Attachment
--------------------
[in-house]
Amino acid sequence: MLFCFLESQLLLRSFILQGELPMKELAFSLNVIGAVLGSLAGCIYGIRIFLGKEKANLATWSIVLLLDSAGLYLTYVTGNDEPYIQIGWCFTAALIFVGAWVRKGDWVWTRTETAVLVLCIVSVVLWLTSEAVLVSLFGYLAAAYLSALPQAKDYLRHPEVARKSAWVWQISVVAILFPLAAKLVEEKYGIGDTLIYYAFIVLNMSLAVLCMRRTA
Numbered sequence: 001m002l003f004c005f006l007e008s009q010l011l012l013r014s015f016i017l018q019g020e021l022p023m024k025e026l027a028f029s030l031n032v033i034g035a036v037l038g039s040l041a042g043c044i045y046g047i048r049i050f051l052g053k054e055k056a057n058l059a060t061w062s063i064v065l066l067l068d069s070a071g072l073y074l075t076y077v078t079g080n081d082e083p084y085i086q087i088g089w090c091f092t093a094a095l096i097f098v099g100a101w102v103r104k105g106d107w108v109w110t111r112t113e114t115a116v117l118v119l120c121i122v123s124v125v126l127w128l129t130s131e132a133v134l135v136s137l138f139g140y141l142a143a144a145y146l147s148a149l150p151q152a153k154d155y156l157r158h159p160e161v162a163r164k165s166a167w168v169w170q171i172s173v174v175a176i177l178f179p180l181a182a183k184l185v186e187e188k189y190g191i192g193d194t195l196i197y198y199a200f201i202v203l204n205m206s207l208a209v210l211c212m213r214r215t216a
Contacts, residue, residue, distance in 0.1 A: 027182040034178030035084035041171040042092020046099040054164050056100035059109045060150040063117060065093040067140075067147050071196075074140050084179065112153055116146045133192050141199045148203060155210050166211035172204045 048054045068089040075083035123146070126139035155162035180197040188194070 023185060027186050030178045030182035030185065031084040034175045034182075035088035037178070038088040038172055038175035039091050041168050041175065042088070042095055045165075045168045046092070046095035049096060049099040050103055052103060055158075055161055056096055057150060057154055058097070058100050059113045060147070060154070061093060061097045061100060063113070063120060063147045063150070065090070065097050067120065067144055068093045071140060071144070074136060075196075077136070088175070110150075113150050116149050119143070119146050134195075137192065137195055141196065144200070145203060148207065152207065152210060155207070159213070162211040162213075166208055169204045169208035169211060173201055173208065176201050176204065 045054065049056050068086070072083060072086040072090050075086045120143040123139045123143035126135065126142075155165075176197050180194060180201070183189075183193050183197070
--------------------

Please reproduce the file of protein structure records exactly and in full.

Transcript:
[in-house]
Amino acid sequence: MLFCFLESQLLLRSFILQGELPMKELAFSLNVIGAVLGSLAGCIYGIRIFLGKEKANLATWSIVLLLDSAGLYLTYVTGNDEPYIQIGWCFTAALIFVGAWVRKGDWVWTRTETAVLVLCIVSVVLWLTSEAVLVSLFGYLAAAYLSALPQAKDYLRHPEVARKSAWVWQISVVAILFPLAAKLVEEKYGIGDTLIYYAFIVLNMSLAVLCMRRTA
Numbered sequence: 001m002l003f004c005f006l007e008s009q010l011l012l013r014s015f016i017l018q019g020e021l022p023m024k025e026l027a028f029s030l031n032v033i034g035a036v037l038g039s040l041a042g043c044i045y046g047i048r049i050f051l052g053k054e055k056a057n058l059a060t061w062s063i064v065l066l067l068d069s070a071g072l073y074l075t076y077v078t079g080n081d082e083p084y085i086q087i088g089w090c091f092t093a094a095l096i097f098v099g100a101w102v103r104k105g106d107w108v109w110t111r112t113e114t115a116v117l118v119l120c121i122v123s124v125v126l127w128l129t130s131e132a133v134l135v136s137l138f139g140y141l142a143a144a145y146l147s148a149l150p151q152a153k154d155y156l157r158h159p160e161v162a163r164k165s166a167w168v169w170q171i172s173v174v175a176i177l178f179p180l181a182a183k184l185v186e187e188k189y190g191i192g193d194t195l196i197y198y199a200f201i202v203l204n205m206s207l208a209v210l211c212m213r214r215t216a
Contacts, residue, residue, distance in 0.1 A: 027182040034178030035084035041171040042092020046099040054164050056100035059109045060150040063117060065093040067140075067147050071196075074140050084179065112153055116146045133192050141199045148203060155210050166211035172204045 048054045068089040075083035123146070126139035155162035180197040188194070 023185060027186050030178045030182035030185065031084040034175045034182075035088035037178070038088040038172055038175035039091050041168050041175065042088070042095055045165075045168045046092070046095035049096060049099040050103055052103060055158075055161055056096055057150060057154055058097070058100050059113045060147070060154070061093060061097045061100060063113070063120060063147045063150070065090070065097050067120065067144055068093045071140060071144070074136060075196075077136070088175070110150075113150050116149050119143070119146050134195075137192065137195055141196065144200070145203060148207065152207065152210060155207070159213070162211040162213075166208055169204045169208035169211060173201055173208065176201050176204065 045054065049056050068086070072083060072086040072090050075086045120143040123139045123143035126135065126142075155165075176197050180194060180201070183189075183193050183197070